Improved Inference of Taxonomic Richness from Environmental DNA

Matthew J. Morgan, Anthony A. Chariton, Diana M. Hartley, Leon N. Court, Christopher M. Hardy

Research output: Contribution to journalArticle

29 Citations (Scopus)
10 Downloads (Pure)


Accurate estimation of biological diversity in environmental DNA samples using high-throughput amplicon pyrosequencing must account for errors generated by PCR and sequencing. We describe a novel approach to distinguish the underlying sequence diversity in environmental DNA samples from errors that uses information on the abundance distribution of similar sequences across independent samples, as well as the frequency and diversity of sequences within individual samples. We have further refined this approach into a bioinformatics pipeline, Amplicon Pyrosequence Denoising Program (APDP) that is able to process raw sequence datasets into a set of validated sequences in formats compatible with commonly used downstream analyses packages. We demonstrate, by sequencing complex environmental samples and mock communities, that APDP is effective for removing errors from deeply sequenced datasets comprising biological and technical replicates, and can efficiently denoise single-sample datasets. APDP provides more conservative diversity estimates for complex datasets than other approaches; however, for some applications this may provide a more accurate and appropriate level of resolution, and result in greater confidence that returned sequences reflect the diversity of the underlying sample.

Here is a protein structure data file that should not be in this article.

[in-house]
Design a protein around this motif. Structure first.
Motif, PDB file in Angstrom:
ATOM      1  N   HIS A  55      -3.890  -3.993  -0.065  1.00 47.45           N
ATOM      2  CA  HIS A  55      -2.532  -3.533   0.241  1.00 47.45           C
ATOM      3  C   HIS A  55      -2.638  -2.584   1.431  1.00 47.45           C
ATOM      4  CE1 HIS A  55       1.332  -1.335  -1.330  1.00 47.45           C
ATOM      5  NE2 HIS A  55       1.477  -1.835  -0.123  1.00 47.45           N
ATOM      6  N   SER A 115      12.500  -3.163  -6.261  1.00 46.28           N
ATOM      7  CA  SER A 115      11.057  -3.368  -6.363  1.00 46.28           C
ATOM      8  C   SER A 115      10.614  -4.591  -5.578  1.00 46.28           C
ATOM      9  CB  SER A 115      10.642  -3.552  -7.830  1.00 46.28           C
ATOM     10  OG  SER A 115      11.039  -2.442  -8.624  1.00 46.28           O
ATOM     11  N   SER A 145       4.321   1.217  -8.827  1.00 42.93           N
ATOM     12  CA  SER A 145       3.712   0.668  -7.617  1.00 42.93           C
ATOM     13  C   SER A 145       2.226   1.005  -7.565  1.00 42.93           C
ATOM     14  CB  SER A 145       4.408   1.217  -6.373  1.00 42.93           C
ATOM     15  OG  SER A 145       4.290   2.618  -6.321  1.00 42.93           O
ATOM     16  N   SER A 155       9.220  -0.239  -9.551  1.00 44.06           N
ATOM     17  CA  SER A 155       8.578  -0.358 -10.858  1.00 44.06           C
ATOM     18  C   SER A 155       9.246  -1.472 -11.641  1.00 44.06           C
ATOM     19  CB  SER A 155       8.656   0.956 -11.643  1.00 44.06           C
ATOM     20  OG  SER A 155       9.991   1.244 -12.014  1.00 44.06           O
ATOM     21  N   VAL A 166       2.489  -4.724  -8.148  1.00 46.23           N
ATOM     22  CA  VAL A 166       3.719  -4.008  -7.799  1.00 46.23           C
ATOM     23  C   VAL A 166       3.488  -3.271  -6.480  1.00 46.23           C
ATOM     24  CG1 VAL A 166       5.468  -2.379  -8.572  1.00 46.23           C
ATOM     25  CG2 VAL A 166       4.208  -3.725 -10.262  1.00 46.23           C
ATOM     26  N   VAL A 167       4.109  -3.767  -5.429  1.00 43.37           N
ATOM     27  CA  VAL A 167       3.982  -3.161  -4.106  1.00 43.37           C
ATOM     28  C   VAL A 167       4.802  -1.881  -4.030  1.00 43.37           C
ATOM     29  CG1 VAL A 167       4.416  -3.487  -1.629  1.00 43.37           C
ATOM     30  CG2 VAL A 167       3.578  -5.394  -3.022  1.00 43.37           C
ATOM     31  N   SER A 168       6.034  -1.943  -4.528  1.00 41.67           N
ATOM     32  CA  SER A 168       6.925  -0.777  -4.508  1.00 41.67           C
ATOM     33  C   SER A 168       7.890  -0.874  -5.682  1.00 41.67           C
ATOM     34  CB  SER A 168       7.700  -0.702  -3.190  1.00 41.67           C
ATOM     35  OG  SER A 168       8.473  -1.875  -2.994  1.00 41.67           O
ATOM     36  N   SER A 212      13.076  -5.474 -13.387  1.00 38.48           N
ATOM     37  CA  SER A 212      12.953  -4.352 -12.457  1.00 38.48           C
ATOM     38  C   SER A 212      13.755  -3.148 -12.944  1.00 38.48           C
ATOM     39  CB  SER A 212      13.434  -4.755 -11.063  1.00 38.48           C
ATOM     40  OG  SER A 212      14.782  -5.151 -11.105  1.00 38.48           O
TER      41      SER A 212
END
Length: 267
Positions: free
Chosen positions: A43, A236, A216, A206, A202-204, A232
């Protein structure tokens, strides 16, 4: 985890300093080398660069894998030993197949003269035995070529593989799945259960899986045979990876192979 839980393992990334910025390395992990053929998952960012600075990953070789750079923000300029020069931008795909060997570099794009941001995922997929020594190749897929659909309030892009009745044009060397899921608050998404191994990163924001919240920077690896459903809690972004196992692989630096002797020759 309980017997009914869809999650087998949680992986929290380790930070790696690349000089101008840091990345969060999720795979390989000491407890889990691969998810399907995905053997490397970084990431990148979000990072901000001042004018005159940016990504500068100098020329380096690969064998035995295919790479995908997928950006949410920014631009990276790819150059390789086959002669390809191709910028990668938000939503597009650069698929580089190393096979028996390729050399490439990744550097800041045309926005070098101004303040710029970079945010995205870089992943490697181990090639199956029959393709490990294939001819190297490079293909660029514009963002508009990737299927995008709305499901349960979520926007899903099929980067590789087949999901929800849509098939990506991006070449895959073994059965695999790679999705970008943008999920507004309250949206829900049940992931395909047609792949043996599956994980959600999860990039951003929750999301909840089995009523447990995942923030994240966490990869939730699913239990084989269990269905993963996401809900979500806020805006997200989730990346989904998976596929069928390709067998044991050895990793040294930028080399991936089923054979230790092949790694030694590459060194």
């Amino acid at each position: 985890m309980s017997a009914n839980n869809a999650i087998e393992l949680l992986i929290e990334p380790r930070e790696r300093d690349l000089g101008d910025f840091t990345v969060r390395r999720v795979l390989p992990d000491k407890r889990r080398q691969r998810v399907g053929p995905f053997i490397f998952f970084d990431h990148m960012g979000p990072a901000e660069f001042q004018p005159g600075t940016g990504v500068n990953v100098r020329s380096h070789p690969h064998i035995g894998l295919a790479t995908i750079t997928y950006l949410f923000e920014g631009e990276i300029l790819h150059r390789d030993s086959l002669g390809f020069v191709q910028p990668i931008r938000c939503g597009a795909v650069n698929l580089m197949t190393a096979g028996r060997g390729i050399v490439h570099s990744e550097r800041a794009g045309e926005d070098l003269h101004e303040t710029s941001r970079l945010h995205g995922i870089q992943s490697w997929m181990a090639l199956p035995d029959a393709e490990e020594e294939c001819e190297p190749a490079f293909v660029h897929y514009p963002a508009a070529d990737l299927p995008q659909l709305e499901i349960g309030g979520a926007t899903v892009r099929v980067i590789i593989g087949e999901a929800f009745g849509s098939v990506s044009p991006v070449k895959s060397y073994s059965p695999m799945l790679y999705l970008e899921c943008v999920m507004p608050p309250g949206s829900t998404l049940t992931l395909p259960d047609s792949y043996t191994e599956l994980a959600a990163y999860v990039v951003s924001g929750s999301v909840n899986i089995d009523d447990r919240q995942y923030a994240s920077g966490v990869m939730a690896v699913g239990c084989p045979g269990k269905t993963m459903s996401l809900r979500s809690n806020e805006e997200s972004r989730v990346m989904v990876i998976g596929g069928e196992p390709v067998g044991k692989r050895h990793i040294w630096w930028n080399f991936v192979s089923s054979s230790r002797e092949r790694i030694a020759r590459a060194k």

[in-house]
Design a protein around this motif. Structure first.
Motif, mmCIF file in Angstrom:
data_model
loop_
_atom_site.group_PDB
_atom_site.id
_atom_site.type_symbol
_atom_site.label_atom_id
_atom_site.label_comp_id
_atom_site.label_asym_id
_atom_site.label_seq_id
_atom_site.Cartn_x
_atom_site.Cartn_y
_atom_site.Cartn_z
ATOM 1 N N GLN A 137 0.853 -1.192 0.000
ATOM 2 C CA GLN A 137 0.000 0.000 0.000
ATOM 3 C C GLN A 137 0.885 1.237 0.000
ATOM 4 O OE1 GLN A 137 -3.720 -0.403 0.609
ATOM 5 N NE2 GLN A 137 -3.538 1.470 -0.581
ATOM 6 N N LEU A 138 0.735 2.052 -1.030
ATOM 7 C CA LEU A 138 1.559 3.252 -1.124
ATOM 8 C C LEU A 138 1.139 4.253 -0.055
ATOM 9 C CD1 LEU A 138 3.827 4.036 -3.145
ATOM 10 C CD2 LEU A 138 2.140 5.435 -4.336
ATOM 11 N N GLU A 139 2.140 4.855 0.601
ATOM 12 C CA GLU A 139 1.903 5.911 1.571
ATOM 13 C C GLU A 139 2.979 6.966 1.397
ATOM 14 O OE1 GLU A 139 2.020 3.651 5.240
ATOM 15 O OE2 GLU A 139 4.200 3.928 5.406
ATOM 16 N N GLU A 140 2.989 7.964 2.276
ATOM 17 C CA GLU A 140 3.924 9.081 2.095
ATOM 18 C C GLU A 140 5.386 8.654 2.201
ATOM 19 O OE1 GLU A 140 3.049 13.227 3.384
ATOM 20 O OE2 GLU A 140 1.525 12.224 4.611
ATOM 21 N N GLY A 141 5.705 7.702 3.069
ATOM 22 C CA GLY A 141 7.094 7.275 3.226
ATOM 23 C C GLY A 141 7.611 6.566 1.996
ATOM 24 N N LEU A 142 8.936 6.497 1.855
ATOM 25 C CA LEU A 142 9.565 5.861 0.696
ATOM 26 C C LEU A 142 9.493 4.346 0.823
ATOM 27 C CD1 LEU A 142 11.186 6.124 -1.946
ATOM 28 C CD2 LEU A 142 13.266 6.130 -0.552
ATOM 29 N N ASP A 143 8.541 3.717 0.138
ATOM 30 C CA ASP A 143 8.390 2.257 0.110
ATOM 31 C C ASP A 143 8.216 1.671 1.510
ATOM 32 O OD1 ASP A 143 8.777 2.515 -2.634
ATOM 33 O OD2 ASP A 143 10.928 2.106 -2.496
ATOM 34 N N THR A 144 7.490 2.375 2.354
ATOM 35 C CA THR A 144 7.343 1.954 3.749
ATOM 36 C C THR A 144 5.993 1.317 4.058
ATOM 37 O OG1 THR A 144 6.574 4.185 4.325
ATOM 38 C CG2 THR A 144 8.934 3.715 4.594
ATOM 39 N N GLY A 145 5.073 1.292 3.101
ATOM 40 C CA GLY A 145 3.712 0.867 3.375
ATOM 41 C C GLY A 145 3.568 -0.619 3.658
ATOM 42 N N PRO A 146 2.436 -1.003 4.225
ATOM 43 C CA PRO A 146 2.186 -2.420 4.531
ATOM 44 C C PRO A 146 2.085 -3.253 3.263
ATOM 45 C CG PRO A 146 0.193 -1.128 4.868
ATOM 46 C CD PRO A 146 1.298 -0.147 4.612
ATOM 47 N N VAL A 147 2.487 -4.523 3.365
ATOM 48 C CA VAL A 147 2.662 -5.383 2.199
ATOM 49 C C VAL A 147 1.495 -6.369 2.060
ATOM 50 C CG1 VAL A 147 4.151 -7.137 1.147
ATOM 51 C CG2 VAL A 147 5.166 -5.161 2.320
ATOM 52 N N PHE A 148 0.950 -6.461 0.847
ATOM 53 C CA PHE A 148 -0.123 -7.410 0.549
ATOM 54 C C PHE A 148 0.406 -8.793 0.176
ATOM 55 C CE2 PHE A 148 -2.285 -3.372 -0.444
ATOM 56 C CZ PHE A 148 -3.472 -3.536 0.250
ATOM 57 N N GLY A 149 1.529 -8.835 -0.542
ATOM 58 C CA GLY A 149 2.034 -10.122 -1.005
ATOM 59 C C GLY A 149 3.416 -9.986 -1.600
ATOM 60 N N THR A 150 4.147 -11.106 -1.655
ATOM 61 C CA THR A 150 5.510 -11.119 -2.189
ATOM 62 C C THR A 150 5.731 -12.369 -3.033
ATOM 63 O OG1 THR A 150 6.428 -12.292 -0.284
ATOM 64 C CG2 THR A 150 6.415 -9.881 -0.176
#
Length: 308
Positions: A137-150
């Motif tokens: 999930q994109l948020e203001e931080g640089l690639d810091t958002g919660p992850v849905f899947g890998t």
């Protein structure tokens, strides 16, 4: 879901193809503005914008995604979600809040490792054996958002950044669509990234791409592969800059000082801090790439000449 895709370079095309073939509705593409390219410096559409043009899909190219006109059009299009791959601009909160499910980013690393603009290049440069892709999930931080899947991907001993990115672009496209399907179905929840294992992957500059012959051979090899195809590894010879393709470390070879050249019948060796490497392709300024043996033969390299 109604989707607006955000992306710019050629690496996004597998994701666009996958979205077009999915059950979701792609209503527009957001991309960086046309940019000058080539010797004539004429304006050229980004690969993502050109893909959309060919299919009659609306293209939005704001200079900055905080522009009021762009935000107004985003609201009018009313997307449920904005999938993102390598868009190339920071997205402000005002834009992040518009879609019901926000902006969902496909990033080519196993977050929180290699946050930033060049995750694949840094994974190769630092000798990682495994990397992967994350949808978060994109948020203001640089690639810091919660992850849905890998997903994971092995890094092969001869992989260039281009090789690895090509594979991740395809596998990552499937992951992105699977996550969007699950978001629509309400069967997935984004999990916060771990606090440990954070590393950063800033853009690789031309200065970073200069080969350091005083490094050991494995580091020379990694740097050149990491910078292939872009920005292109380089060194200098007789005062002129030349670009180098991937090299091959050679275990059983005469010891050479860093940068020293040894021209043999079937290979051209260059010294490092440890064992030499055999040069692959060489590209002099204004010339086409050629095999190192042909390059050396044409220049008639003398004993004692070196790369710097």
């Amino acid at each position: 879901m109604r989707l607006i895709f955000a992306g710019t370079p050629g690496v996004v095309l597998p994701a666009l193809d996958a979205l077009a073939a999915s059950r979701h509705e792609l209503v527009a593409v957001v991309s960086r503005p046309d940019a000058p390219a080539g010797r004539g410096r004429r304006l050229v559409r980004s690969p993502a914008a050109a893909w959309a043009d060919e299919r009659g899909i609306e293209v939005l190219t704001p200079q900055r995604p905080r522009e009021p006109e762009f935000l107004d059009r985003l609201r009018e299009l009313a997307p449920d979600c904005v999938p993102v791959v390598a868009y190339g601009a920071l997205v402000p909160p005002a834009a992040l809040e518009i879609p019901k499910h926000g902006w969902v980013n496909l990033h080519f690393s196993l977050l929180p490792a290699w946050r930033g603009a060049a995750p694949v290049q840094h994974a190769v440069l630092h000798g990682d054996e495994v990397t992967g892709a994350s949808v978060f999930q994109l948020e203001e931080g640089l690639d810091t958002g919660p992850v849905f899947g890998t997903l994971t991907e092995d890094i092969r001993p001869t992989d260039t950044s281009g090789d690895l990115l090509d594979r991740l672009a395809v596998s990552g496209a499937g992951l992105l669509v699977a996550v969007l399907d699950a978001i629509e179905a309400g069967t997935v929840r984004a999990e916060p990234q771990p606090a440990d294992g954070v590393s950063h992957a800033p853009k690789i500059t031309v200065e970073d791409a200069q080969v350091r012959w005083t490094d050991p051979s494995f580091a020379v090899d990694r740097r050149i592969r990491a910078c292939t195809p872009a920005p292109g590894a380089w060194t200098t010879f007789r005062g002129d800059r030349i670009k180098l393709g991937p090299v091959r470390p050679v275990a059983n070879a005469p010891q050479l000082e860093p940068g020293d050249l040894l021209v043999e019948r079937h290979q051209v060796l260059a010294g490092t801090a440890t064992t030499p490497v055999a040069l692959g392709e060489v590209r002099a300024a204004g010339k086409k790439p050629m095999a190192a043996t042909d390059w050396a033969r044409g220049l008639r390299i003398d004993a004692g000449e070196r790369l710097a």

Original languageEnglish
Article numbere71974
Pages (from-to)1-13
Number of pages13
JournalPLoS ONE
Issue number8
Publication statusPublished - 26 Aug 2013
Externally publishedYes

Bibliographical note

Copyright the Author(s) 2013. Version archived for private and non-commercial use with the permission of the author/s and according to publisher conditions. For further rights please contact the publisher.

Fingerprint Dive into the research topics of 'Improved Inference of Taxonomic Richness from Environmental DNA'. Together they form a unique fingerprint.

Cite this